If Xi gets Putin to send Russia troops home, he can broker peace

Ukraine’s Defence Minister Oleksii Reznikov conveyed the message in response to China’s quest for a role in negotiating a peace settlement.

Bhagyashree Garekar

Bhagyashree Garekar

The Straits Times


Ukraine’s Defence Minister Oleksii Reznikov said China appeared to have the leverage over Russia, but its intent to press ahead was not clear. ST PHOTO: MARK CHEONG

June 5, 2023

SINGAPORE – Ukraine is willing to accept China as a mediator only if Beijing can get Russia to withdraw from all the territories it has seized.

That is the message from Ukraine’s Defence Minister Oleksii Reznikov in response to China’s quest for a role in negotiating a peace settlement.

“Give me evidence that Russia is ready to live in peaceful coexistence with Ukraine. The first signal should be full liberation of Ukrainian territories. Let them show us a goodwill gesture and withdraw their armed forces from Ukrainian territory,” he said.

“After that, we will believe this negotiator has influence on Russia. If they do not, sorry, for what (reason) will we sit and waste our time?” he said.

Mr Reznikov was speaking to The Straits Times in an interview on Sunday, days after China’s special envoy completed a tour of Ukraine, Russia and major European capitals to find common ground to end the bloody war.

Mr Li Hui, China’s special envoy for Eurasian affairs, stressed territorial integrity of all countries but was silent on the question of whether China was pressing Russia to return the Crimean peninsula and parts of eastern Ukraine that are under its control back to Kyiv.

Mr Reznikov, who briefly met his Chinese counterpart Li Shangfu on the sidelines of the just-concluded Shangri-La Dialogue in Singapore, said China appeared to have leverage over Russia, but its intent to press ahead was not clear.

“My perception is that China (has become) the older brother and Russia the younger brother. The older brother can persuade the younger brother to stop this bloody war.”

But that is more a hope than a belief, he added.

Few doubt that China’s word carries weight with an internationally isolated Russia after the two nations declared they had a “no limits” friendship ahead of Russia’s invasion of Ukraine in February 2022. But its neutrality as a broker is a subject of contention.

The war is soon expected to enter a decisive phase, with Ukraine reportedly ready to launch its long-expected counter-offensive against Russian forces with more advanced military equipment from Western allies.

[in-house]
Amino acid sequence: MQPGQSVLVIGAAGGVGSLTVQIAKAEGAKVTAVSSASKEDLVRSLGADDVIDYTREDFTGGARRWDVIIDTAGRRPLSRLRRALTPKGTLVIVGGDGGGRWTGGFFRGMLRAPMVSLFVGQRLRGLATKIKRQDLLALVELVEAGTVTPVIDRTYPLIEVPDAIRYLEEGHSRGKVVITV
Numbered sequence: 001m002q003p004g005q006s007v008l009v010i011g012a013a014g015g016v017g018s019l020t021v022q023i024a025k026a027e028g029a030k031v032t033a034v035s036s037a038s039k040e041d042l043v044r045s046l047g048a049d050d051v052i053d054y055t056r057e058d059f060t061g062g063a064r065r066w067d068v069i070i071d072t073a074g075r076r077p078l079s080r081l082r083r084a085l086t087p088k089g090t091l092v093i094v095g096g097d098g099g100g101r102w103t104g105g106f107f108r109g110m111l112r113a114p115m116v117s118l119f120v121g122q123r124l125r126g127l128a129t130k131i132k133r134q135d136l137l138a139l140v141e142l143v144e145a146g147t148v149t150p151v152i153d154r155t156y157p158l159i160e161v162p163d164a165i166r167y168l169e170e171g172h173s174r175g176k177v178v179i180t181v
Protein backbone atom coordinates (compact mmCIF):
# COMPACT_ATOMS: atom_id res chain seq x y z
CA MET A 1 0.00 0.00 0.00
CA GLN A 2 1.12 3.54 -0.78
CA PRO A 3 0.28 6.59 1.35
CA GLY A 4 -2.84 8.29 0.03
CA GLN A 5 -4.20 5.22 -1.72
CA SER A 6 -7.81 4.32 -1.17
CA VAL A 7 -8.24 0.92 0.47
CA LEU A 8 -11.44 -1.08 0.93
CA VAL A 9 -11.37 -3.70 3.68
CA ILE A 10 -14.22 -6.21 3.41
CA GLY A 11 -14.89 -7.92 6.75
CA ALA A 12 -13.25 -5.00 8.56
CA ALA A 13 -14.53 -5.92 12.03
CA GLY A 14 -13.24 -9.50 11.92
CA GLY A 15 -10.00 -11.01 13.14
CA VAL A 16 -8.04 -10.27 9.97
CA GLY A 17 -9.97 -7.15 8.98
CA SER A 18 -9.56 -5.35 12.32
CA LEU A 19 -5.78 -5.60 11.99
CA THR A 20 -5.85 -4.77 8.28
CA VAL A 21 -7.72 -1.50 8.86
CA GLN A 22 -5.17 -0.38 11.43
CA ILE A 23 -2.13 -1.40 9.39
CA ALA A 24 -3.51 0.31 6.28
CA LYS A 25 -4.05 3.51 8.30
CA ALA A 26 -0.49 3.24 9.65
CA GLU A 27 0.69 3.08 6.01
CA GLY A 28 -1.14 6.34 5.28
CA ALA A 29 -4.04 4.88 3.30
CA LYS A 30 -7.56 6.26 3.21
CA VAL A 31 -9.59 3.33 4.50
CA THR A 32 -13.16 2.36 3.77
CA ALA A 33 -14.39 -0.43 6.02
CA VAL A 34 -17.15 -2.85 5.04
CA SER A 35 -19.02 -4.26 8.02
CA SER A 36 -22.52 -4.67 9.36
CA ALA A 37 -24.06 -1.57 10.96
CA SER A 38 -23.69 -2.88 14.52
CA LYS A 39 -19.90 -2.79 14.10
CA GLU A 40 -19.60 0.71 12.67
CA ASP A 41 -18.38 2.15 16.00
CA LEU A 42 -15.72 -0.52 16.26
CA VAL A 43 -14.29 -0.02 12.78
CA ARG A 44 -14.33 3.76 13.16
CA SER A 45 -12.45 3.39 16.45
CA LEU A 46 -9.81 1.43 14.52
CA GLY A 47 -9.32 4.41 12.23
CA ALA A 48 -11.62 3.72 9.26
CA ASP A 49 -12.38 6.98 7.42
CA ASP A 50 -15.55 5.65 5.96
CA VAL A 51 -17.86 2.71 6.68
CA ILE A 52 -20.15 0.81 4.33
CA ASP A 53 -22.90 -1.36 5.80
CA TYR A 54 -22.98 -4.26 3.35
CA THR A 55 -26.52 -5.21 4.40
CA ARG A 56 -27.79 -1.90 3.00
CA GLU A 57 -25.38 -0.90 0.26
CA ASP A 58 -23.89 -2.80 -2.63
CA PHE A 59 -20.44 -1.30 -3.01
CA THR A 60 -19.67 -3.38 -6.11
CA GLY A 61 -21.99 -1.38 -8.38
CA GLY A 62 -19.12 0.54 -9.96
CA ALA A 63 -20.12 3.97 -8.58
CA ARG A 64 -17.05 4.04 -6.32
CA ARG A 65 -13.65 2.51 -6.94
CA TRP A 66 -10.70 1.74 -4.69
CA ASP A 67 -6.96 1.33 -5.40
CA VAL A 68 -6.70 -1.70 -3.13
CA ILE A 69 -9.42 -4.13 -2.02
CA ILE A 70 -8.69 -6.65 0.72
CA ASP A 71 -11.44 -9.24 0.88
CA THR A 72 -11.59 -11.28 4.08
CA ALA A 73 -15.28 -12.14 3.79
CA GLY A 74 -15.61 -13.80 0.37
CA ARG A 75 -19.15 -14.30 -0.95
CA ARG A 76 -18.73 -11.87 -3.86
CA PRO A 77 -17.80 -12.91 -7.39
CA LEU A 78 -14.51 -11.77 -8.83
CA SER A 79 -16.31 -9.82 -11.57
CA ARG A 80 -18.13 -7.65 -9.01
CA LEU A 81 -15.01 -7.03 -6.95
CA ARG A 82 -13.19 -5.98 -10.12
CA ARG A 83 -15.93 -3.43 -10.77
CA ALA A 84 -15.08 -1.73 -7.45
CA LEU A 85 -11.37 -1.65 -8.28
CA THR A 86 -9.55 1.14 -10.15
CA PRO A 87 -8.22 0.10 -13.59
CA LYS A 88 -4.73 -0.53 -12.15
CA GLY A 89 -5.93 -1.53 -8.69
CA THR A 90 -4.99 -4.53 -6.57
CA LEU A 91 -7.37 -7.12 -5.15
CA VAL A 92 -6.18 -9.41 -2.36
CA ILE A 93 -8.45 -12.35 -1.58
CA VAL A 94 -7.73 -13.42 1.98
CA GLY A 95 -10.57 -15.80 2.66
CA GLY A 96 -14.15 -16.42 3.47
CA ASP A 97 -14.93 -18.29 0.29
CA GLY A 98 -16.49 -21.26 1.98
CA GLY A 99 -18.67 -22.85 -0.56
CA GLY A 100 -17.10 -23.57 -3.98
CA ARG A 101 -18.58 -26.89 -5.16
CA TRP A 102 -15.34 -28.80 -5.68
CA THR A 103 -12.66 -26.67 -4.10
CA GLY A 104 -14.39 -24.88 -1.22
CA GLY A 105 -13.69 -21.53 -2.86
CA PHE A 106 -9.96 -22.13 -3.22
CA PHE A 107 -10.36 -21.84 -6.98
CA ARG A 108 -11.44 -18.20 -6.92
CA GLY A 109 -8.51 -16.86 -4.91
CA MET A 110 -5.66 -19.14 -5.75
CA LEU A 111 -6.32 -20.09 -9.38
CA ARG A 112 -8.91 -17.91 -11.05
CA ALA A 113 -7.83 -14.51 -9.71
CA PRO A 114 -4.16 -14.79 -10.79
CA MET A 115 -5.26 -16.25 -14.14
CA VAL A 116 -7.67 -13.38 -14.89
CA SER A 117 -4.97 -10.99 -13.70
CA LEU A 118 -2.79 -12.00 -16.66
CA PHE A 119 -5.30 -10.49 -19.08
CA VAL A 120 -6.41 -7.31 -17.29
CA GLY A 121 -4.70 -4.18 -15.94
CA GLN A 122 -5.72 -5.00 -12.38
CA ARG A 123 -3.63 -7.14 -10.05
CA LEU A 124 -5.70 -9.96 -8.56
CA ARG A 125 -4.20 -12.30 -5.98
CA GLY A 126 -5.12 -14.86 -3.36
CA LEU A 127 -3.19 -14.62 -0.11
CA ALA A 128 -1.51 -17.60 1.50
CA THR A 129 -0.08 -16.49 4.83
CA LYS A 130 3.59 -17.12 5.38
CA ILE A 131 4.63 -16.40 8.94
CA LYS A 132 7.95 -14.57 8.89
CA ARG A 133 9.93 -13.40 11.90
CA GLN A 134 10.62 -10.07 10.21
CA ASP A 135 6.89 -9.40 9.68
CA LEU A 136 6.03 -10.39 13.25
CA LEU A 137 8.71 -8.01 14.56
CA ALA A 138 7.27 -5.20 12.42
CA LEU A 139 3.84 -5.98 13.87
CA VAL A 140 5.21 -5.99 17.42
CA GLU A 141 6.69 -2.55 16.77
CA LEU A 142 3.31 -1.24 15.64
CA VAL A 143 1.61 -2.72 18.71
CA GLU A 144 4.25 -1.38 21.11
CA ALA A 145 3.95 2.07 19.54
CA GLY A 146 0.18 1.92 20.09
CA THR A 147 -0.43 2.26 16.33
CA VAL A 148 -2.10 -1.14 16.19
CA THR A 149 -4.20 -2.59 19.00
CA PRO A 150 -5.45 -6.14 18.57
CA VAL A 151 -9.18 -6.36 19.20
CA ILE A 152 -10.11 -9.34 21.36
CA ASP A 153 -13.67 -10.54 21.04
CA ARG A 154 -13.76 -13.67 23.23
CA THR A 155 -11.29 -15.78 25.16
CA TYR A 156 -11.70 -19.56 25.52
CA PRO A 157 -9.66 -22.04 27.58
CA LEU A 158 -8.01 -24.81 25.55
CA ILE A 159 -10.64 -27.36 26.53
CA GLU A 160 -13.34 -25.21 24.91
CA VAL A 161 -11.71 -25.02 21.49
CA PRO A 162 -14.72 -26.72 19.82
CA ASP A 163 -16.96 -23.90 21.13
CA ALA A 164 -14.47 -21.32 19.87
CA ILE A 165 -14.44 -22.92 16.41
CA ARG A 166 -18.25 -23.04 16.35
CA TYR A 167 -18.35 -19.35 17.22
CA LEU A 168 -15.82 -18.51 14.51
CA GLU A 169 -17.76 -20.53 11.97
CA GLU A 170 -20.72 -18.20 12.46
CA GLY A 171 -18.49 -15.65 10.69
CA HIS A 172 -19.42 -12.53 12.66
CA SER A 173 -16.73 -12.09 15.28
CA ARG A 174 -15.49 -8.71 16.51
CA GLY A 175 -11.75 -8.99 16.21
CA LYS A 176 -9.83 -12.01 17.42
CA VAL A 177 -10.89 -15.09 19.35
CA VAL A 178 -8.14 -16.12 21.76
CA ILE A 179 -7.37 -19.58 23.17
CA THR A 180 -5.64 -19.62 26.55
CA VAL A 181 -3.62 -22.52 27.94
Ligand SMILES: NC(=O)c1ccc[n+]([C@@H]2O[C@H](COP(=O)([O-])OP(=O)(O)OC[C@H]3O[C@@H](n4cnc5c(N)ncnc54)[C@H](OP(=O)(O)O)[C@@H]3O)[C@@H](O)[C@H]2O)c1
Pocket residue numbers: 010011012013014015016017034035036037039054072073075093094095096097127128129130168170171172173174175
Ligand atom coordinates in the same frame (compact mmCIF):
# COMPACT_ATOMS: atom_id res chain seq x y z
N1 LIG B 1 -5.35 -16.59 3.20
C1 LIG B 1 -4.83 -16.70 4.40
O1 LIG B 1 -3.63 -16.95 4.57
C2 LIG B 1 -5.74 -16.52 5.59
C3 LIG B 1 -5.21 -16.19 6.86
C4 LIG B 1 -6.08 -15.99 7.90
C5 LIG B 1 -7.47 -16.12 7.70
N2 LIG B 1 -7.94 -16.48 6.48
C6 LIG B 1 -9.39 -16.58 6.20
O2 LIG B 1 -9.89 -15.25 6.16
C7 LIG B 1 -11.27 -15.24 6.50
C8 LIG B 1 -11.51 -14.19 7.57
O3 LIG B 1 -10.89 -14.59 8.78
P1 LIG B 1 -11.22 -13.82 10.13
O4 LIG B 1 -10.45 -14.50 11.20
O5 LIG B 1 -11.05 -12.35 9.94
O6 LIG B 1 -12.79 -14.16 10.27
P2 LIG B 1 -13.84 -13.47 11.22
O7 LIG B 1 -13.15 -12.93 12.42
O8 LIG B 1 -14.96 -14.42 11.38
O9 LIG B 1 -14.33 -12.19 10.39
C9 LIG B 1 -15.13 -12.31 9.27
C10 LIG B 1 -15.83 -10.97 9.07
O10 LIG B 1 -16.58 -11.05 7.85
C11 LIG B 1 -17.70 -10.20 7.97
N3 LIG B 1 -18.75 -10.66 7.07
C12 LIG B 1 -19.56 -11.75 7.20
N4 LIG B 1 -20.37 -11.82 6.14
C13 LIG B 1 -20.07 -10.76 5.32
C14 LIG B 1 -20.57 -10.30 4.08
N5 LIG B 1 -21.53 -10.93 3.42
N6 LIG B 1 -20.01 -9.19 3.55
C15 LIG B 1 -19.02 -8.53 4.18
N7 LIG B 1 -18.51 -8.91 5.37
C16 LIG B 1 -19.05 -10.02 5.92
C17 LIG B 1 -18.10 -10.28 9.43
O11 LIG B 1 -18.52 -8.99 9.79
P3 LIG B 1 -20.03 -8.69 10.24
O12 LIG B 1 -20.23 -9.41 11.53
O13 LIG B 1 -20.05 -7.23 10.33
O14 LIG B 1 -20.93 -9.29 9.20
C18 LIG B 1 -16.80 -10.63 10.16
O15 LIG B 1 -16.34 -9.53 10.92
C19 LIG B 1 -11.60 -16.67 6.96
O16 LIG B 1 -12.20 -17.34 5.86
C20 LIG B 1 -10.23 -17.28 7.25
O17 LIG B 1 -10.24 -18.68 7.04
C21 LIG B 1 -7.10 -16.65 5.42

Mr Reznikov brushed off Russian President Vladimir Putin’s allusions to using nuclear weapons on the battlefield. In March, Mr Putin revealed plans to station tactical nuclear weapons in Belarus, expanding the ability to strike along Nato’s eastern border.

“I’m sure that they are bluffing,” he said.

Mr Reznikov also cast doubt on the condition of the weaponry; Russia’s last nuclear test was more than 30 years ago. Additionally, both China and India – which have not condemned the Russian invasion – have drawn the line on the use of nuclear weapons.

The bigger worry for the world, Mr Reznikov said, ought to be the safety issues at the Zaporizhzhia nuclear power plant – Europe’s largest – which was taken over by Russia in March 2022. It could cause devastation much worse than previous disasters in Fukushima and Chernobyl, he warned. It is not being properly maintained and is subject to shelling, for which both sides blame each other.

“It is a serious threat to all of us, not only for Ukraine and Russia,” he said.

Mr Reznikov admitted that Ukraine had sustained casualties numbering “thousands and thousands”, but he still believed that Russia’s defeat was a matter of time.

“I’m absolutely sure that we will win this war because we have serious support from other countries. We have political, economic and military support from our friends. We will win this war.”

Asked how he would deal with a “defeated” Russia, he said Ukraine would seek reparation for wartime atrocities, bring war criminals to trial and, finally, plot a future.

“We will discuss the next security architecture in a world where Ukraine will have real guarantees of our independence, our sovereignty and prosperity.”

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